Darren Lew Blends Anamorphic with the DXL for Maniac

Maniac is a new Netflix miniseries based on a Norwegian dark-comedy about mental illness and pharmaceutical remedies. The project was directed by Emmy®-winner Cary Joji Fukunaga and stars Oscar®-winner Emma Stone and Oscar®-nominee Jonah Hill.

Behind the camera was Darren Lew, a frequent collaborator with Fukunaga, who is best known for his stylish work in commercials and music videos that consistently earn recognition from the MTV Music Video Awards, the AICP, and at Cannes Lions.

Lew’s background includes a philosophy degree from New York University; an internship at the iconic stills cooperative Magnum; and an apprenticeship with Steven Meisel and Annie Leibovitz.

“What is satisfying about moving around different areas of filmmaking is that each project poses different challenges,” says Lew. “I have lit beautiful people wearing the latest fashions; shot funny spots designed to make people laugh; done dramatic and cinema verité-type commercials spots that look and feel a little imperfect; and shot documentary projects for Oscar®-winner Alex Gibney.”

It has its own quality. I’m really happy with the look, particularly with the way the C Series lenses were working with this camera.

Versatility was an important asset on Maniac, which moves through past decades, imaginary time periods, and a conceptualized time in the future.

“We always return to a common era, but the names of the characters and even the language they speak change,” says Lew. “One episode might bear little or no resemblance to the next, which kept things interesting on the shoot.”

Despite the radical shifts in time and place, Lew handled the project with a relatively consistent approach overall, emphasizing practical light sources and using color science to underscore the psychology of the characters. When it came time to choose a camera that would be ready for any situation, he went with the very latest technology – the Panavision DXL equipped with the RED 8K sensor paired with Panavision anamorphic glass and augmented with an array of zooms. Lew was familiar with the DXL from his commercial work.

“The inherent feel of the camera and the lens combination did a lot of the work for us,” he says. “Unlike many shows, Maniac required an array of visual descriptions, but we didn’t elect to go with different lenses or a different way of moving the camera for each look. To me, that would be like trying to explain a good joke. We let the art direction, the acting, and the costumes present the space and time shift without being heavy handed.”

Lew and Fukunaga opted for anamorphic photography. “We asked those lenses to cover a bigger area than they typically would because of the size of the sensor,” he says. “We got a really great painterly quality at the edges that I hope will soften the perfect edge-to-edge sharpness and brightness that we typically see on HD monitors and televisions. It is hard for me to describe, but I believe the look combination goes hand in hand with the unusual nature of the show. It has its own quality. I’m really happy with the look, particularly with the way the C Series lenses were working with this camera.”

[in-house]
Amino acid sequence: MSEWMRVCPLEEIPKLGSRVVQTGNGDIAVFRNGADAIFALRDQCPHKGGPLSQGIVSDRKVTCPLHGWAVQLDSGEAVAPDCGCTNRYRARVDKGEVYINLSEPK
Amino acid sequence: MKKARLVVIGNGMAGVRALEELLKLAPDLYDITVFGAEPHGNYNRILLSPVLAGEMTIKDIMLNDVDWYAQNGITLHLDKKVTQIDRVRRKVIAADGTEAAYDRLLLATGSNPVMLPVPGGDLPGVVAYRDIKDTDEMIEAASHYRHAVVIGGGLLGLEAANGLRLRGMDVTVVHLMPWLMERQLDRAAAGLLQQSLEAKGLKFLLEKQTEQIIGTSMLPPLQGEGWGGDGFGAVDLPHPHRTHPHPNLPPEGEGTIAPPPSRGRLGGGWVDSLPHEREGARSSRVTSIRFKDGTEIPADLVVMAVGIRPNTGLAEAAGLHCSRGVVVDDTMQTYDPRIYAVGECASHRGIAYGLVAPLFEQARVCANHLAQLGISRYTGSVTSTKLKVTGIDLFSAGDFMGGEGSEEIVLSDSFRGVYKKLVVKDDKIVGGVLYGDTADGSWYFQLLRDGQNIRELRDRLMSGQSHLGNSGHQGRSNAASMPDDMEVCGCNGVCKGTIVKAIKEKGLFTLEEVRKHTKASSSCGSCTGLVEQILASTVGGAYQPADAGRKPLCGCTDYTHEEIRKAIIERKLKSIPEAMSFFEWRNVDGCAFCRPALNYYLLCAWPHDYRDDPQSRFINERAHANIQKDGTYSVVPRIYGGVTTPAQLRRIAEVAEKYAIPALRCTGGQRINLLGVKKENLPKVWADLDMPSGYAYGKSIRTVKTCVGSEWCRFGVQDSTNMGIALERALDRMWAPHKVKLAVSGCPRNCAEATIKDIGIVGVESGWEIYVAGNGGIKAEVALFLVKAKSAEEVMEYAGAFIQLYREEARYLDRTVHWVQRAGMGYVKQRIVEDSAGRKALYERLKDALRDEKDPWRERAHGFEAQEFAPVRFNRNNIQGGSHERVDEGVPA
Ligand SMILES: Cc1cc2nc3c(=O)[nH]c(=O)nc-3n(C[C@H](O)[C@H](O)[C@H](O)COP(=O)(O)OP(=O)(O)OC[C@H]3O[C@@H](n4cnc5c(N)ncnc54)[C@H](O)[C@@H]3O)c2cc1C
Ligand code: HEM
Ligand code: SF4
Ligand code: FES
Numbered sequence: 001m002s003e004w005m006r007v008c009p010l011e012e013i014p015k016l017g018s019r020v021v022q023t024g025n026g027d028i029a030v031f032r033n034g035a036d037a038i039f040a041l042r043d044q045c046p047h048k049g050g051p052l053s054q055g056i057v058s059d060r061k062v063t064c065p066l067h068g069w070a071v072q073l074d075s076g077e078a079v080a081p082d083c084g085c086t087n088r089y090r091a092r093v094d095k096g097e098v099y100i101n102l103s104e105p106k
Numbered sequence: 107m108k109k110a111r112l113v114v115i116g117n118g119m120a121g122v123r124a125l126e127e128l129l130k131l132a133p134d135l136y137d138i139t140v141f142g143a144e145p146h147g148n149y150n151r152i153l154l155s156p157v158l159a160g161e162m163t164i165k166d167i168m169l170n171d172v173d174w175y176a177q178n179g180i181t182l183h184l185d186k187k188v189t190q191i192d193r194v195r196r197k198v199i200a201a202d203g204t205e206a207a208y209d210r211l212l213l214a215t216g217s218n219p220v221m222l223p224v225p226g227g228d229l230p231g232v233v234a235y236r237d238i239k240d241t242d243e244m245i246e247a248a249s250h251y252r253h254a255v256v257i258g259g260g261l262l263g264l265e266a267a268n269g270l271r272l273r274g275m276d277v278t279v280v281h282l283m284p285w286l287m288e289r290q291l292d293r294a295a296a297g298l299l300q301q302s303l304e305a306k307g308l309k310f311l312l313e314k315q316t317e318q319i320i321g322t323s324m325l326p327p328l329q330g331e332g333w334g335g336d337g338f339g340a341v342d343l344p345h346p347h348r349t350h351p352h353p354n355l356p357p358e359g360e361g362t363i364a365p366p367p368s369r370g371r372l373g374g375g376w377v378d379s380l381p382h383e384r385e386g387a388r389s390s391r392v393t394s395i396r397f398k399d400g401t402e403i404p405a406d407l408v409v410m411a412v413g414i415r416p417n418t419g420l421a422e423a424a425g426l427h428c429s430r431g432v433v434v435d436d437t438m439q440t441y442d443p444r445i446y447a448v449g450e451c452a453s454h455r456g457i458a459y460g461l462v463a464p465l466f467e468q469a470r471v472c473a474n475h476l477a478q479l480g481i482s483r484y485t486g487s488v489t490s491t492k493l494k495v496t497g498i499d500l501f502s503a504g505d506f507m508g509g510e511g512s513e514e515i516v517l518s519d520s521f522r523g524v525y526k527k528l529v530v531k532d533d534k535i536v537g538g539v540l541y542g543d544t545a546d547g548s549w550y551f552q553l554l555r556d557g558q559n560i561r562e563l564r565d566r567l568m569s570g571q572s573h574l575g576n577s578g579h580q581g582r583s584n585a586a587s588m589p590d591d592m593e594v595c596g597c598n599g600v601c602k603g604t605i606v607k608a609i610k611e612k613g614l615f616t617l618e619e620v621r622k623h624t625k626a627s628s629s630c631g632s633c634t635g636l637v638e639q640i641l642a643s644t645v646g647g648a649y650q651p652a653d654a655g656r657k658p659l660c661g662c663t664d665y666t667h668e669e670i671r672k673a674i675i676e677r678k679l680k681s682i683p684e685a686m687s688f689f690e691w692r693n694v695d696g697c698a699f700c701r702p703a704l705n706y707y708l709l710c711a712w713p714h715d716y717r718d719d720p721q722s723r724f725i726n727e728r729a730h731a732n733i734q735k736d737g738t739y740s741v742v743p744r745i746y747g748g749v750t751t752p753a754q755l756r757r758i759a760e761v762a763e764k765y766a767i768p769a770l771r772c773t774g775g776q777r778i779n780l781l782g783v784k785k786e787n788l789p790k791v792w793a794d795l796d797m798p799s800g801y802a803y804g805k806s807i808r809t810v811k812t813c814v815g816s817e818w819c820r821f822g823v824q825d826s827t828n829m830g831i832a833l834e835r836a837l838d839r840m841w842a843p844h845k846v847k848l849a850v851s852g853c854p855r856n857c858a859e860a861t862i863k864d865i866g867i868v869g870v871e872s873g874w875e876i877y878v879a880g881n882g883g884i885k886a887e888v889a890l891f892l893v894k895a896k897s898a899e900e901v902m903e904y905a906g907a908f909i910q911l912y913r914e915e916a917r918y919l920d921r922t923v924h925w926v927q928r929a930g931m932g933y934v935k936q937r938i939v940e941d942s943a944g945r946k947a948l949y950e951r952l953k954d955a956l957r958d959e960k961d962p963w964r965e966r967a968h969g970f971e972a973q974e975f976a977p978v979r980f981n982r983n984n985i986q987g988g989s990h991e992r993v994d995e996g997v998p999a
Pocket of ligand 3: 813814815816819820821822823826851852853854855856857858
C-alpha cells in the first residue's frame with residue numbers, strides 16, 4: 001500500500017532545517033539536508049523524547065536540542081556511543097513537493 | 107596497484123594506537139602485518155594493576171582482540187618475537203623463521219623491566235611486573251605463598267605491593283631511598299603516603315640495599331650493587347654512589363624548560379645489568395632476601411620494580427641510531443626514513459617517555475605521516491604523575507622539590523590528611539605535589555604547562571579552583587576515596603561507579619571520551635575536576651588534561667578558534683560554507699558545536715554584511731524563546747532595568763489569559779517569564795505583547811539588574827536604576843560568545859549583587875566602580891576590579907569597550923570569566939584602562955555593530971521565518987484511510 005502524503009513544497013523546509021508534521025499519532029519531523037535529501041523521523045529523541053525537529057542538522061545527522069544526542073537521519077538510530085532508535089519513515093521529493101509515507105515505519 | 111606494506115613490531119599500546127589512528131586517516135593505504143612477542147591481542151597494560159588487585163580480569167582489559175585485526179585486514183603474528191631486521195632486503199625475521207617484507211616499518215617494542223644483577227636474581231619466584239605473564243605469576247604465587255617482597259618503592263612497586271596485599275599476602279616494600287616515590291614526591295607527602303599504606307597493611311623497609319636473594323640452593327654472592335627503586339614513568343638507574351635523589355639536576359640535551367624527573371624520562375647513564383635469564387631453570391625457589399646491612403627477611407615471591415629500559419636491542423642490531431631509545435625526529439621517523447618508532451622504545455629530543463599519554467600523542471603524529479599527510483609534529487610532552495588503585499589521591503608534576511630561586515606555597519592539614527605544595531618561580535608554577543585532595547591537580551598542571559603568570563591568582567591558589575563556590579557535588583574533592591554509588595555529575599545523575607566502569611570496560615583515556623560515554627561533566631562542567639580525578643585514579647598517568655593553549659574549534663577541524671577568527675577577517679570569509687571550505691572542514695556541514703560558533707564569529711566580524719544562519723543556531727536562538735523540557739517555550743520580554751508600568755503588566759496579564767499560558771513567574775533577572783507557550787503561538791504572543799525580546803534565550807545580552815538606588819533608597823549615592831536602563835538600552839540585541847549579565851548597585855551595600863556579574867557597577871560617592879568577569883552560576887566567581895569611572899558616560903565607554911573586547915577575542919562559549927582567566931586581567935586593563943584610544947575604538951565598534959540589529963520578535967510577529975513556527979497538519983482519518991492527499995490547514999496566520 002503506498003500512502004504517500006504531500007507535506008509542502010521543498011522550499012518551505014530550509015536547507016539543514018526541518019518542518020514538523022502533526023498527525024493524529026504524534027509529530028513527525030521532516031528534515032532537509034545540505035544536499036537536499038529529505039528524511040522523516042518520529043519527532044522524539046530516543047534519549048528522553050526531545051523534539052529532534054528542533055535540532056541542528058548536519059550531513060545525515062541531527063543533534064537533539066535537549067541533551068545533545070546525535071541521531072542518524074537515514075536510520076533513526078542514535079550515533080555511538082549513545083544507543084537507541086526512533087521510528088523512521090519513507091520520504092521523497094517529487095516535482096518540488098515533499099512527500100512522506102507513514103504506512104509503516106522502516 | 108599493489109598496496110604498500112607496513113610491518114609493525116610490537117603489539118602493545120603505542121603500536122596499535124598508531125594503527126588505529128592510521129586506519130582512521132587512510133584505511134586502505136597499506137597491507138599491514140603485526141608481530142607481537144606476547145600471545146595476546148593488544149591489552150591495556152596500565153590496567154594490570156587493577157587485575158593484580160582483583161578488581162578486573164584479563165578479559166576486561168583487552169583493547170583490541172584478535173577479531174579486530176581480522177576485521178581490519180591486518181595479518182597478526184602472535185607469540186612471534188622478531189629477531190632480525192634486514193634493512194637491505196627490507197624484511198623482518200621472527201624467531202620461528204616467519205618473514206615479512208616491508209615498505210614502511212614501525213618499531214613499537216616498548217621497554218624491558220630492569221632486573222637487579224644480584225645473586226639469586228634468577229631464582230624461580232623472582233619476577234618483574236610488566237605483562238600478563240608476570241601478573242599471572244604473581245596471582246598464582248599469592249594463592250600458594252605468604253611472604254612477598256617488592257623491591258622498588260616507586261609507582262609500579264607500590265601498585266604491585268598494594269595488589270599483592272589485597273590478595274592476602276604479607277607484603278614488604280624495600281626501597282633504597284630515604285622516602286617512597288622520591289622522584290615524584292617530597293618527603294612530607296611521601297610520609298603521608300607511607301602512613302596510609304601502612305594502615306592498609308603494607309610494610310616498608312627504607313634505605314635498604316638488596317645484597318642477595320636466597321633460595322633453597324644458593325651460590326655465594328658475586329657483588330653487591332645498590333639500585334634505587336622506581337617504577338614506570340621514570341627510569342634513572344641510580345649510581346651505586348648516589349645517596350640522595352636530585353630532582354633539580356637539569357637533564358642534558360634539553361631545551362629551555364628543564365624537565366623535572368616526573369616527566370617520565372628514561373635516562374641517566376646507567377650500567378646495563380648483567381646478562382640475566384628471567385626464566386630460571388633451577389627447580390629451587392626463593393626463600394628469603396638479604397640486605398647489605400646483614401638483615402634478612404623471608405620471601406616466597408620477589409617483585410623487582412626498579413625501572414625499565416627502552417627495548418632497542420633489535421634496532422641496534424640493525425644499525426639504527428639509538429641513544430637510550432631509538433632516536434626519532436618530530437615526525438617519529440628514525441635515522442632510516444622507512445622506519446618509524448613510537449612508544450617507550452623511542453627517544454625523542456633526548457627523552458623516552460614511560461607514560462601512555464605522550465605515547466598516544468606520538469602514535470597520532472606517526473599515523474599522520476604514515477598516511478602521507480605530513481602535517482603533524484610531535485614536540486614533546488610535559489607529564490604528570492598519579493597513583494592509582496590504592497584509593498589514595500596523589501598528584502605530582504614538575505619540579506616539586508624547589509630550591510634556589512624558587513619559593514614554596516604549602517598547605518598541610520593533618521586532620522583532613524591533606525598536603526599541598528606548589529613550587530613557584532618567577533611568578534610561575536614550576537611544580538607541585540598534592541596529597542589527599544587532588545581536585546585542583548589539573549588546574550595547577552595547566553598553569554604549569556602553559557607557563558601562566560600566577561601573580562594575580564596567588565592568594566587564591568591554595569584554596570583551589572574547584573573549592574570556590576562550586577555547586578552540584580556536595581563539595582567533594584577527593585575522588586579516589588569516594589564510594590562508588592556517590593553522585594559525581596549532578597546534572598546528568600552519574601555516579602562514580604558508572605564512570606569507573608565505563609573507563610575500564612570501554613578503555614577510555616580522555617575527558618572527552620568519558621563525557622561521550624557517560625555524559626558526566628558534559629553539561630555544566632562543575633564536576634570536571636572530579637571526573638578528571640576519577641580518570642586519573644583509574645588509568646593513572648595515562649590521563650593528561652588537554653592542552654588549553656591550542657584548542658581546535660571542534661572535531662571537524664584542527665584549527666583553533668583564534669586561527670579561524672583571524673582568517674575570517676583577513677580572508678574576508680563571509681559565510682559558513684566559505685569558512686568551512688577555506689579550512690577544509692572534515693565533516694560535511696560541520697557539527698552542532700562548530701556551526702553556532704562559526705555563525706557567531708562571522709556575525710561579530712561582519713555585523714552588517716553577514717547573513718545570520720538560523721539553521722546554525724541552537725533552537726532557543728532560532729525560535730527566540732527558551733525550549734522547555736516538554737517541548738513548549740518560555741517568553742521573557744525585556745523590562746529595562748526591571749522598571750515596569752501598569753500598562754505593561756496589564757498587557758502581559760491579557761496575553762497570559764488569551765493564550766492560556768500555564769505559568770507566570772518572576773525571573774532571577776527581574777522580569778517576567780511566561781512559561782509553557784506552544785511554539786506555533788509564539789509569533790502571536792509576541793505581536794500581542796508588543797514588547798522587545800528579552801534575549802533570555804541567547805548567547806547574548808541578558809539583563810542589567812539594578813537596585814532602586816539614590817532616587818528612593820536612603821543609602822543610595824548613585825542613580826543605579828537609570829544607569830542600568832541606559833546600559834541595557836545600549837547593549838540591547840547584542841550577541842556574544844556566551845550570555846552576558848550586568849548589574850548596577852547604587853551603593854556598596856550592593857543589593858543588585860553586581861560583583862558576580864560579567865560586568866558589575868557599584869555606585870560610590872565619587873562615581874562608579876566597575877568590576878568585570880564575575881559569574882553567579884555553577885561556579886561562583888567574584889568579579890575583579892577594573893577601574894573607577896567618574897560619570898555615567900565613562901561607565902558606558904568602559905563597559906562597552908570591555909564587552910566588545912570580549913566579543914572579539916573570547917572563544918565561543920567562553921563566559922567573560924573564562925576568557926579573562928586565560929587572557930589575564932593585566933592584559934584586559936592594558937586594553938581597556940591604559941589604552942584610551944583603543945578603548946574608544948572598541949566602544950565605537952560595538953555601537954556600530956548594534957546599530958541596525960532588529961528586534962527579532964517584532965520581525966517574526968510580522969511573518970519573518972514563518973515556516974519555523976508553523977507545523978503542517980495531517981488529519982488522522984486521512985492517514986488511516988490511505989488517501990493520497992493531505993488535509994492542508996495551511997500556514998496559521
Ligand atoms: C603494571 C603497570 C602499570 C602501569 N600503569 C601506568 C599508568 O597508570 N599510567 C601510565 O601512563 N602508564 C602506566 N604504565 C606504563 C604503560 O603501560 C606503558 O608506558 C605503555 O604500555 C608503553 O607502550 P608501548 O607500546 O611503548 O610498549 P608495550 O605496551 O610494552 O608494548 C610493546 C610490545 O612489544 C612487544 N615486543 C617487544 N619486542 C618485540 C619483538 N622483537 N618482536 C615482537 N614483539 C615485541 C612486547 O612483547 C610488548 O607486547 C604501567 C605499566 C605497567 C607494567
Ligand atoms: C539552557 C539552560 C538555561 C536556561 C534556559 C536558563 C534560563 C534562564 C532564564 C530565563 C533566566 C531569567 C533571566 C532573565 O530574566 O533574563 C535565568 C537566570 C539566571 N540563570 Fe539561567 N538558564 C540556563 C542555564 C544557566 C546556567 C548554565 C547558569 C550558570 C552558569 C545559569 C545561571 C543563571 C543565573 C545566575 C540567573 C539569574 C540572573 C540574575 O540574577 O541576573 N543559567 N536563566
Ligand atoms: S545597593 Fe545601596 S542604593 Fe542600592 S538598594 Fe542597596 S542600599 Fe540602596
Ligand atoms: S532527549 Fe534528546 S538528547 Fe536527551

Panavision’s C Series were the primary lenses and the E Series were workhorses for their flare characteristics. The newer T Series glass served well in situations requiring close focus or a unique focal length.

“We looked at a lot of different lenses in testing,” says Lew. “Cary had used the C Series on Beasts of No Nation, and he is a big fan of those. However, Panavision and Dan Sasaki suggested a package for us, including building up some lenses from scratch. The T Series 60 mm is extremely close focus, and very lightweight. It’s a terrific lens. It’s sharp, but it has some qualities in the bokeh similar to a C Series.”

Having the color science, dailies, final color correction, editing and finishing under one roof has been terrific, and fewer people has meant a more efficient process that enhanced the cohesive vision of a single director/ single DP show like Maniac

Lew was drawn to the Panavision DXL for its seamless integration between camera and lenses. “But once I took a close look, I realized that ergonomically and function-wise, this camera was doing so much more,” he adds. “There are simple things that go a long way – like the ability to use each side of the camera. The camera is balanced almost better than any other camera that I’ve ever used. The DXL also has a battery elevator, which allows you to adjust the height and helps with balance.”

He also notes that the camera’s resolution settings can be manipulated as a creative tool. “Sometimes we shot in 6K or 7K just to effectively change the focal length of the lens and therefore the distance to the subjects,” he explains. “At times we were shooting at 7K, and Cary might suggest that we don’t feel like we’re ‘inside’ the scene. Changing to 8K (when the lens allowed it) let me move the camera closer with the same focal length and gave the image a different kind of dimension because of how much of the sensor we were using. I’m particularly sensitive to the dimension that different image size gives you. I come from still photography, and each format has a different optical feel. I love playing different sensor sizes.”

The alliance between Panavision and Light Iron also had a beneficial effect on the project. “Having the color science, dailies, final color correction, editing and finishing under one roof has been terrific, and fewer people has meant a more efficient process that enhanced the cohesive vision of a single director/ single DP show like Maniac,” Lew concludes.

Maniac is now streaming on Netflix.

 

Photo credit: Michele K. Short / Netflix